I am, Dr Sir, faithfully yours

Joseph C. Cabell

RC (ViU: TJP-PC); mutilated at seal, with three entirely missing words rewritten in pencil in an unidentified hand and also included in Cabell, University of Virginia, 118; addressed: “Mr Jefferson Monticello”; endorsed by TJ as received 11 Feb. 1818 and so recorded in SJL. Enclosures: Peter Poinsot to TJ, 25 June 1817, and first enclosure. Possibly enclosed in TJ to Poinsot, 25 Nov. 1818.

In 1816 Cabell had TJ’s 7 Sept. 1814 letter to Peter carr printed (see Cabell to TJ, 21, 26 Feb. 1816).

1Cabell here canceled “liberality.”

2Cabell here canceled “myself.”

Index Entries

  • A Bill for Establishing a System of Public Education search
  • A Bill Providing for the endowment of Primary Schools, Academies, Colleges, and an University search
  • Burwell, William Armistead; as potential Va. legislator search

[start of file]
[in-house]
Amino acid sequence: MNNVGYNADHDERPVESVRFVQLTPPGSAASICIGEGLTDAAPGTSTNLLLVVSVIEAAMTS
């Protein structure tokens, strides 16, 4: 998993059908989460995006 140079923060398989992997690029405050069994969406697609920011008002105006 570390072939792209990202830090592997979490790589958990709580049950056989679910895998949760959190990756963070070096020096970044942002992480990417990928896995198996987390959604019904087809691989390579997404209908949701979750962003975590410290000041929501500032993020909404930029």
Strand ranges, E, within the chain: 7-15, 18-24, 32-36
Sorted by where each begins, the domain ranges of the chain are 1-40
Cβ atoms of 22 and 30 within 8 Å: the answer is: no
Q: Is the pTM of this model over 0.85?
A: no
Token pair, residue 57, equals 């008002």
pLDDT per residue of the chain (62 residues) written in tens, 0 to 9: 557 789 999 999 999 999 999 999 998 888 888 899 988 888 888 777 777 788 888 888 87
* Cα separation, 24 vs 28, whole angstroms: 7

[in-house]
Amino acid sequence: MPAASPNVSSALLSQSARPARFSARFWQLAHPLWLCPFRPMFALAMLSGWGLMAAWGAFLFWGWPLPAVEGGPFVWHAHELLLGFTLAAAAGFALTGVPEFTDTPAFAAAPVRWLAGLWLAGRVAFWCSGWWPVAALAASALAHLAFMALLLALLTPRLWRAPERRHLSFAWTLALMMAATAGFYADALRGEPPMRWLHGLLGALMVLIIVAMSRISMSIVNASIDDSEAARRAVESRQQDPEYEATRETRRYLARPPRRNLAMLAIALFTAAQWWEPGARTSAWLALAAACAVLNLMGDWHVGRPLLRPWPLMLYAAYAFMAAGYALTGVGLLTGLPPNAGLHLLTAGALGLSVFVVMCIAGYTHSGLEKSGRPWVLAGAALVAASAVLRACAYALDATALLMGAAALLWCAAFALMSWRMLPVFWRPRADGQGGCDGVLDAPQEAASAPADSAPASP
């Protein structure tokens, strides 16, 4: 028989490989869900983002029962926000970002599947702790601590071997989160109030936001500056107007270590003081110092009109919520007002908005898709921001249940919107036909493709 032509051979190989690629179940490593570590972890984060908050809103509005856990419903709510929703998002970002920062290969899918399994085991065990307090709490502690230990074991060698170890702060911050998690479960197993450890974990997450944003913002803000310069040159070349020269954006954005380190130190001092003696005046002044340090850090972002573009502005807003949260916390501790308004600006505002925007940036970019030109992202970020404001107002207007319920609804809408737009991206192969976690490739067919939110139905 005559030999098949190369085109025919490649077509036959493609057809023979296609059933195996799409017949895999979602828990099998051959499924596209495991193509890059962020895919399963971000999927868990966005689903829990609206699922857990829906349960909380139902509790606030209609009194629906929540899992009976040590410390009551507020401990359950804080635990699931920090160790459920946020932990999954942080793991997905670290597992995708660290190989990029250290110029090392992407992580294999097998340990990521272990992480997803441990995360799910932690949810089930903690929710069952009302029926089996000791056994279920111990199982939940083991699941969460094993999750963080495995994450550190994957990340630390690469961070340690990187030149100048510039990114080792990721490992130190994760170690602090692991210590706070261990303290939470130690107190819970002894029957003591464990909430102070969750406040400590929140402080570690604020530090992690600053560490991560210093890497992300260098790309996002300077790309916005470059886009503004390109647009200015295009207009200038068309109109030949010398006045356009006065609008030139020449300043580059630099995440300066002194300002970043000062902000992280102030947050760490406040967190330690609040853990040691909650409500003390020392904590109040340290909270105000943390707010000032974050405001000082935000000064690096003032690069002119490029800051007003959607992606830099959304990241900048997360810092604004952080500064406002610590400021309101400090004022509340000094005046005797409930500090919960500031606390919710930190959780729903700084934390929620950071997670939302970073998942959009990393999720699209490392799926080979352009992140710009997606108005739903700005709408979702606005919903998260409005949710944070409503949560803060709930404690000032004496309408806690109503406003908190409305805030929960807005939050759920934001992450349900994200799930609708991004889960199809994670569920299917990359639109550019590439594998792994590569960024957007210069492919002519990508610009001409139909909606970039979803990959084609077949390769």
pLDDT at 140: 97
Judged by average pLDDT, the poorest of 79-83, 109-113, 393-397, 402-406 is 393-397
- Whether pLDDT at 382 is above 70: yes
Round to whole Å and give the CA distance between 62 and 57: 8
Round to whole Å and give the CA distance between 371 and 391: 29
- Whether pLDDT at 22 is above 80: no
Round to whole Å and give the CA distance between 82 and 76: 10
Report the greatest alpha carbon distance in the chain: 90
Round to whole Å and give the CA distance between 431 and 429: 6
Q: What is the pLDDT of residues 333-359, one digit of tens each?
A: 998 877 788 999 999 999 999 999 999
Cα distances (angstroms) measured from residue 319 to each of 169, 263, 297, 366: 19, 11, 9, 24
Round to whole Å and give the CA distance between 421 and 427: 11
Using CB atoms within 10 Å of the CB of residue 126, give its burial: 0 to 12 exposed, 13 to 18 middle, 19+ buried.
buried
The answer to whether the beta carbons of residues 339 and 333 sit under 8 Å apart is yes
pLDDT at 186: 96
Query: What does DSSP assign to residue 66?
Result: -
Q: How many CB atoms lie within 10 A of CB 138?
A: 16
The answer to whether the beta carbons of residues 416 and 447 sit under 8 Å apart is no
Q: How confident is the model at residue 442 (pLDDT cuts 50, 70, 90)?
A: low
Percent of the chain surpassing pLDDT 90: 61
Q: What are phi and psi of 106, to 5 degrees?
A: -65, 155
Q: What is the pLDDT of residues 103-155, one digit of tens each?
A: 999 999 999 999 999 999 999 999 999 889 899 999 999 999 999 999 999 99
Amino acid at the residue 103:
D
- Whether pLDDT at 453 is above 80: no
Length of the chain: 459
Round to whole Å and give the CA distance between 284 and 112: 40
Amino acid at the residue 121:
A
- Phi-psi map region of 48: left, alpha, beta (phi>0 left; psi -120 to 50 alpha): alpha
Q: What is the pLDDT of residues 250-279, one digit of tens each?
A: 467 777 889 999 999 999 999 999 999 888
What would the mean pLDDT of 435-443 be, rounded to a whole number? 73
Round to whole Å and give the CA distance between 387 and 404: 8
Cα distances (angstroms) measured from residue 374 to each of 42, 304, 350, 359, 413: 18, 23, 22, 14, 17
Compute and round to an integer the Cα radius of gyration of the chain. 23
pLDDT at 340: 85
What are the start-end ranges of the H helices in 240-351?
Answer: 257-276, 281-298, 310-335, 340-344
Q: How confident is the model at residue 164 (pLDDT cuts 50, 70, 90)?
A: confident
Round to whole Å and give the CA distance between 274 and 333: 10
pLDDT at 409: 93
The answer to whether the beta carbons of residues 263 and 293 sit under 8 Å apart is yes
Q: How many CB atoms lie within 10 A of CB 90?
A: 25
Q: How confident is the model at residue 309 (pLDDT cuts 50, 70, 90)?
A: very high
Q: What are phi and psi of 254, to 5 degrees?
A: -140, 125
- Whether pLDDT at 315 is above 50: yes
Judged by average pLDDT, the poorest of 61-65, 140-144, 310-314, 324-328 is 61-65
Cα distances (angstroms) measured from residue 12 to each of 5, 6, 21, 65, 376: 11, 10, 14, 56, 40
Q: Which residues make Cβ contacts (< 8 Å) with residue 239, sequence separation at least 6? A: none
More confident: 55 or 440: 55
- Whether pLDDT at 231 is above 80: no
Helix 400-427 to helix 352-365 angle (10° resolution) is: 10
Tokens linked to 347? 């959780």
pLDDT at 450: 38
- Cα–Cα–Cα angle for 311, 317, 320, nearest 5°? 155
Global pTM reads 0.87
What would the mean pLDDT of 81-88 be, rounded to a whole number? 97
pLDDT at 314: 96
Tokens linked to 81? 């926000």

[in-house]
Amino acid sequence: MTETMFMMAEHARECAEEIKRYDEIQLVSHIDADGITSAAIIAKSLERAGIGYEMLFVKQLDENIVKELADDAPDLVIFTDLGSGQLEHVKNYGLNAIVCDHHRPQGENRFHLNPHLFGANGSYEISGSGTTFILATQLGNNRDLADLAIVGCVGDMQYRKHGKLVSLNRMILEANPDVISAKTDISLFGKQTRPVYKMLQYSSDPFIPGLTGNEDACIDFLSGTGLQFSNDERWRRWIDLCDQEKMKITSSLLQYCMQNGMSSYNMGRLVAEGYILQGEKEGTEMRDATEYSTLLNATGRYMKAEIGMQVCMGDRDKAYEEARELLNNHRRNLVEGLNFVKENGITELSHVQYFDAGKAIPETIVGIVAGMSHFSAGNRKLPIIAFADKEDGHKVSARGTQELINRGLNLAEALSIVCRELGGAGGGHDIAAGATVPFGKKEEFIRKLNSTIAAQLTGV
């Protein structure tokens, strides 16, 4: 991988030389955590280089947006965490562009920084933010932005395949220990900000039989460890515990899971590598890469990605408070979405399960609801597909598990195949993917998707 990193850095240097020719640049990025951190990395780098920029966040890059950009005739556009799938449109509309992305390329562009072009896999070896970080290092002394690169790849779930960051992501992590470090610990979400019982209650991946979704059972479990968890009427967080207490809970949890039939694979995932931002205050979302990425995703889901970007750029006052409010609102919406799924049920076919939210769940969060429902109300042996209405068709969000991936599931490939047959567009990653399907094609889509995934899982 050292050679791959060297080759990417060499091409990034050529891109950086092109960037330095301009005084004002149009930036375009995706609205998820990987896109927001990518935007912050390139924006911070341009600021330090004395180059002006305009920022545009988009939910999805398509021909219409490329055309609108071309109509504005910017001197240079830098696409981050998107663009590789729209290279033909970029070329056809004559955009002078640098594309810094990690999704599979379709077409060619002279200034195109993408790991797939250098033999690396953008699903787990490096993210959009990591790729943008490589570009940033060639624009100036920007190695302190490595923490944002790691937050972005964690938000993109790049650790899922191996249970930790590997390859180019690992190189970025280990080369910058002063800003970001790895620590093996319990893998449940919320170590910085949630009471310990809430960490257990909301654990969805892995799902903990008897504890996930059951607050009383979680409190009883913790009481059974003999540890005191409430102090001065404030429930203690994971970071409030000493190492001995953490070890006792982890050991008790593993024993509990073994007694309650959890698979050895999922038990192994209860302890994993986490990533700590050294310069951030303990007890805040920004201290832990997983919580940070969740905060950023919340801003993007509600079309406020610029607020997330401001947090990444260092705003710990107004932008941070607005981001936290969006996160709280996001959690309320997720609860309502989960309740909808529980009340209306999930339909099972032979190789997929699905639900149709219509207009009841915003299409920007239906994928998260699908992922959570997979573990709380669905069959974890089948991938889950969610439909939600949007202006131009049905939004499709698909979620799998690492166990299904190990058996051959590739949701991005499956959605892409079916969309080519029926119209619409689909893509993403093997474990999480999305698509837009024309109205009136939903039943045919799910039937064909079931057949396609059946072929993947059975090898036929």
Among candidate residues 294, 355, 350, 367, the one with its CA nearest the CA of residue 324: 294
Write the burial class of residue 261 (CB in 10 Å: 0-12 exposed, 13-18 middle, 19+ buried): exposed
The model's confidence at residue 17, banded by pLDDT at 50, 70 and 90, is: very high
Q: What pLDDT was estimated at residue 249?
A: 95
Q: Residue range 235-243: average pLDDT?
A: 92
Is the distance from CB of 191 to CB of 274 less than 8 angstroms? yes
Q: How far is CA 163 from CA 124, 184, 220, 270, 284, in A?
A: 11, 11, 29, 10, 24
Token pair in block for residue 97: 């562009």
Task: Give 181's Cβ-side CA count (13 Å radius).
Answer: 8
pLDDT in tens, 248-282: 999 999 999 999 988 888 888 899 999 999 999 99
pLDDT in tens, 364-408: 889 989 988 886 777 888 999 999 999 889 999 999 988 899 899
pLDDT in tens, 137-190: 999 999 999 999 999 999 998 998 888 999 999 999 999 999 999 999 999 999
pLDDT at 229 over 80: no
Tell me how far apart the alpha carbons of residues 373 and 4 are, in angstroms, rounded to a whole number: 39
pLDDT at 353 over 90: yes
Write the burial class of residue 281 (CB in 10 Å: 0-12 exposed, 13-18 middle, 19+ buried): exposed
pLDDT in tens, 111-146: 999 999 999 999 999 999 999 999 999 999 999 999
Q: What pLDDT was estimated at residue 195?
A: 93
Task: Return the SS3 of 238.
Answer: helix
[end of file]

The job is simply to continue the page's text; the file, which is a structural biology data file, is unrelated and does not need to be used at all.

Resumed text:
• Cabell, Joseph Carrington; as Va. state senator search
  • Cabell, Joseph Carrington; letters from search
  • Cabell, Joseph Carrington; on Va. General Assembly search
  • Carr, Peter (1770–1815) (TJ’s nephew); and Albemarle Academy search
  • Central College; as state university of Va. search
  • Central College; subscription for search
  • Davisson, George J.; as Va. state senator search
  • education; in Va. search
  • Jackson, John George; as potential Va. legislator search
  • Jefferson, Thomas; Writings; A Bill for Establishing a System of Public Education search
  • Johnson, Chapman; as Va. state senator search
  • Kosciuszko, Tadeusz (Thaddeus) Andrzej Bonawentura; and P. Poinsot’s land grant search
  • Lexington, Va.; as potential location for state university search
  • Poinsot, Peter; land grant to search
  • Scott, Robert G.; as Va. legislator search
  • Staunton, Va.; as potential location for state university search
  • subscriptions, non-publication; for Central College/ University of Virginia search
  • Taylor, Samuel; as Va. legislator search
  • Virginia; and education search
  • Virginia; General Assembly search
  • Virginia; House of Delegates search
  • Virginia; land grants in search
  • Virginia; Land Office search